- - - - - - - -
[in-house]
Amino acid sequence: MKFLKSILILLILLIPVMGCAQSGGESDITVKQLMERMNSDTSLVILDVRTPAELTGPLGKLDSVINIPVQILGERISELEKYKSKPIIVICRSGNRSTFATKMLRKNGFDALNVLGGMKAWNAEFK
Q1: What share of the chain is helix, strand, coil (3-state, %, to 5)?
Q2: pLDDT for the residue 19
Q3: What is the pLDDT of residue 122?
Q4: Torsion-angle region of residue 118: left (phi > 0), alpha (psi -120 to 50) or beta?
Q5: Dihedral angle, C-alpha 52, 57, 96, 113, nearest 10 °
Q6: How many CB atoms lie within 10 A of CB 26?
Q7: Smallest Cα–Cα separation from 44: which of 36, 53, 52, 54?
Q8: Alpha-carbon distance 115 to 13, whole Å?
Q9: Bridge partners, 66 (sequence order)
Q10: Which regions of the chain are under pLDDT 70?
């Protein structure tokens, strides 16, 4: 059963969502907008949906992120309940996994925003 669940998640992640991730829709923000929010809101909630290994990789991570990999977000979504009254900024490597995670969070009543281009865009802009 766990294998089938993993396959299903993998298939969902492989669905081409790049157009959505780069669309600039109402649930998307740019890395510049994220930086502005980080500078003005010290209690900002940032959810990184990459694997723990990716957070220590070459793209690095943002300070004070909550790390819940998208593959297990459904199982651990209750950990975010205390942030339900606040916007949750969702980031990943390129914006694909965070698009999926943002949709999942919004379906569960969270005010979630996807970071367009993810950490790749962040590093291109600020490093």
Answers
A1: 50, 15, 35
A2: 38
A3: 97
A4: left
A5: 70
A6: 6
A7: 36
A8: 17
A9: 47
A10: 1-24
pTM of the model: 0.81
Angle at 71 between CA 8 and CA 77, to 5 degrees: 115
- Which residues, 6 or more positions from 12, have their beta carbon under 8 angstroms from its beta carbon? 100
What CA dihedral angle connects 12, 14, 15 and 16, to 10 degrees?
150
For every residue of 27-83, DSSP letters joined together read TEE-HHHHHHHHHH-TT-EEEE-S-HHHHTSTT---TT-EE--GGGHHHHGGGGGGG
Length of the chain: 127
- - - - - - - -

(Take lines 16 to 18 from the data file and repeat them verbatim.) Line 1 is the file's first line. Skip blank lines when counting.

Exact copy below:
A2: 38
A3: 97
A4: left